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Chiefs Defensive Lineman Amon Gordon Provides Important Versatility For Romeo Crennel

Tyson Jackson and Glenn Dorsey receive most of the headlines along the Kansas City Chiefs frontline. Like 'em or not, both players were top five choices in the NFL Draft, a high investment for any team. Year after year, both players are praised for their work against the run and questioned by more casual fans wondering where the sack totals are at.

But Jackson and Dorsey have held their own quite well against the run, and it's become quite difficult to find a player who is capable of helping defend both the pass and run along the defensive line. Thus teams often employ specialists and use them in specific situations. When a team finds a two-way player, they're usually locked up with a long-term deal. Perhaps that's why the Chiefs recently signed Amon Gordon for two years.

Gordon doesn't fit the bill of a defensive star. He's already 30-years-old. He had 23 tackles and two sacks last season for the Chiefs, the only sacks of his NFL career. After being drafted in the fourth round of the 2004 NFL Draft by the Cleveland Browns, he's also bounced to the Broncos, Ravens, Titans, Seahawks, Eagles and Patriots before landing with the Chiefs. He's the very definition of a journeyman, so why would the Chiefs sign him for more than a single season?


Some players bloom late. Some simply need the right scheme. Whatever the reason why Gordon hasn't caught on with another team, it speaks to his work ethic and determination that he's still in the NFL at this point. And it's a credit to the Chiefs coaching staff that they've gotten the value out of him that they have. While he doesn't grab the attention of a high investment like Dorsey or Jackson, Gordon has won over the coaching staff and front office with the versatility to play along the line.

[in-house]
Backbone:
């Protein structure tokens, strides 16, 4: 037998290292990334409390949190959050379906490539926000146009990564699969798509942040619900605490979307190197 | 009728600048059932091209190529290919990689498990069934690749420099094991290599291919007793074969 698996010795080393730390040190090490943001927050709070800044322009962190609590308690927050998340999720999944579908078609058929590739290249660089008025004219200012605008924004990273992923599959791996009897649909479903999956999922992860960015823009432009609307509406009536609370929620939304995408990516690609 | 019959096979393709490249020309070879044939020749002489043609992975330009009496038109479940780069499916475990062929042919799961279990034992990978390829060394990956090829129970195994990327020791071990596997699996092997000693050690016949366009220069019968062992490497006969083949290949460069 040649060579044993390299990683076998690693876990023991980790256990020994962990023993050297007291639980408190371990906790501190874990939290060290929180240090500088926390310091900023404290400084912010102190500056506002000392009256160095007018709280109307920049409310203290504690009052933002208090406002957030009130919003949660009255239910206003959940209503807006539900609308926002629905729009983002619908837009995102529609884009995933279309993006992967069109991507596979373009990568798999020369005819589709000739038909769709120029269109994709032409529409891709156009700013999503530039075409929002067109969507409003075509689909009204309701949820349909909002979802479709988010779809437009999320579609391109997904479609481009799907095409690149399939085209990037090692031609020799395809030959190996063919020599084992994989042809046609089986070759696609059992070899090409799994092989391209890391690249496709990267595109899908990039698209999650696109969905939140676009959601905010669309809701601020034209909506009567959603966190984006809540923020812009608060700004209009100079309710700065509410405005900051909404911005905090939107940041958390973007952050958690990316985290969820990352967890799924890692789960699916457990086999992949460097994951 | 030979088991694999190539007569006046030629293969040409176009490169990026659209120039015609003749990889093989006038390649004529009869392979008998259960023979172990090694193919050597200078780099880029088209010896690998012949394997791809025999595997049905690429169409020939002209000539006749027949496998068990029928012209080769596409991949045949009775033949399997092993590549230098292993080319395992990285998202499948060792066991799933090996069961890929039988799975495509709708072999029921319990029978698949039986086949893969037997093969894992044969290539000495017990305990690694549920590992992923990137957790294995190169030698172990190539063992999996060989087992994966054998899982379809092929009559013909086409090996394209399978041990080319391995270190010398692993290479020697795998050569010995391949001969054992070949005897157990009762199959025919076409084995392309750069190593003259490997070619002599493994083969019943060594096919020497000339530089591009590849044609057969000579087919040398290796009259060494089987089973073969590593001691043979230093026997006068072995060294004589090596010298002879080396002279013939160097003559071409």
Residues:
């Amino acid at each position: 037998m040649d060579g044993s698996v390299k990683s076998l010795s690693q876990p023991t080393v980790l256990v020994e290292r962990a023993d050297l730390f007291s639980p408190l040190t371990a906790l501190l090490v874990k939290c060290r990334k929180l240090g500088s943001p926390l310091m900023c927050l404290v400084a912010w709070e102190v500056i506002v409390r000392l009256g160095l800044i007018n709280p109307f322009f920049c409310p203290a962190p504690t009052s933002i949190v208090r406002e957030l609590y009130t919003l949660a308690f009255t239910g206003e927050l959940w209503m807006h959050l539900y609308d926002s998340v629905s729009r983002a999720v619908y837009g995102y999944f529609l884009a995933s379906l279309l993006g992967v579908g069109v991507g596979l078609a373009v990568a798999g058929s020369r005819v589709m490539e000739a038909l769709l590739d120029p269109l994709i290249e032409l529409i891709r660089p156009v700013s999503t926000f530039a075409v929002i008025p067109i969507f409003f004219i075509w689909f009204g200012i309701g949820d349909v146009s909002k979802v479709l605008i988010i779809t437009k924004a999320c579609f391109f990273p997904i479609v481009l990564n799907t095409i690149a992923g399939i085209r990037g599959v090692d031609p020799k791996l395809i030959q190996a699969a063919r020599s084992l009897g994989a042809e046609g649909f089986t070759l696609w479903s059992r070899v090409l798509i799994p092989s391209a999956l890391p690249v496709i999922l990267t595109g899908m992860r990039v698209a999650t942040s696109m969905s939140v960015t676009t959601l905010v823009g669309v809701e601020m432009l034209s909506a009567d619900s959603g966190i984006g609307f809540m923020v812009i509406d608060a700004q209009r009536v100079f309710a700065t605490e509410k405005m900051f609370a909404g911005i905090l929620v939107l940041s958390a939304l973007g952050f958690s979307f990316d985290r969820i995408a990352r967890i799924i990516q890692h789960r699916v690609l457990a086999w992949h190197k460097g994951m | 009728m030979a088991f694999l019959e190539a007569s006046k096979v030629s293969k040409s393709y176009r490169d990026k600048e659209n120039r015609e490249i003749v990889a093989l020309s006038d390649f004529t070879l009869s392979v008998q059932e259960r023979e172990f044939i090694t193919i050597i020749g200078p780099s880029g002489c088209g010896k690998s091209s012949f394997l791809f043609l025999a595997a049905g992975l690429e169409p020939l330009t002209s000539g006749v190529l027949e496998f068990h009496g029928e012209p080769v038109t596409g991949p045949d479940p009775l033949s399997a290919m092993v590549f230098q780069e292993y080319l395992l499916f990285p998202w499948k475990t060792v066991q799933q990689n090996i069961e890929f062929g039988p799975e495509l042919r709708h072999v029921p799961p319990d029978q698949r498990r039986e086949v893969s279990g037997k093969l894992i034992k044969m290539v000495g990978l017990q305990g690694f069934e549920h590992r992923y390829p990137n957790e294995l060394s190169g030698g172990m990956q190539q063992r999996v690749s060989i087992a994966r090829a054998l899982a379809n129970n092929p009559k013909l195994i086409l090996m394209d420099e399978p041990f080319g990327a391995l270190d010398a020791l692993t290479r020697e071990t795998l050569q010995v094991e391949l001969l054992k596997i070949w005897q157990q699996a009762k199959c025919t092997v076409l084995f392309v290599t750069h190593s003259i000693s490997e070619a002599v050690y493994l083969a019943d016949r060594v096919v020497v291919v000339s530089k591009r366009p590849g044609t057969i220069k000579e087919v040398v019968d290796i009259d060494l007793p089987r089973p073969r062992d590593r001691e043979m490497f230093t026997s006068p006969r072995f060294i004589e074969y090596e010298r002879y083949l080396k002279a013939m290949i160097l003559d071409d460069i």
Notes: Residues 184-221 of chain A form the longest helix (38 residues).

"Anytime you have a guy like Amon that's athletic and can have that type of ability where he can rush the passer and he can play the run, that's the ideal player that you like to have," said defensive line coach Anthony Pleasant. "It's so hard to find that type of player, so once you get a player like that, he's a special type of guy. The way that the league is going now, it's all about scoring. You want to have a guy that can stop the run but can also rush the passer."

The Chiefs now have the deepest defensive line since Scott Pioli first arrived in Kansas City in 2009. With Dorsey and Jackson on the edge, Dontari Poe in the middle and versatile players like Allen Bailey and Gordon among others, the Chiefs can, simply put, do more with more. Finding, developing and hanging on to players like Gordon might not make the headlines, but it's the sort of smart, tactical moves that the best front offices seem to make year after year.

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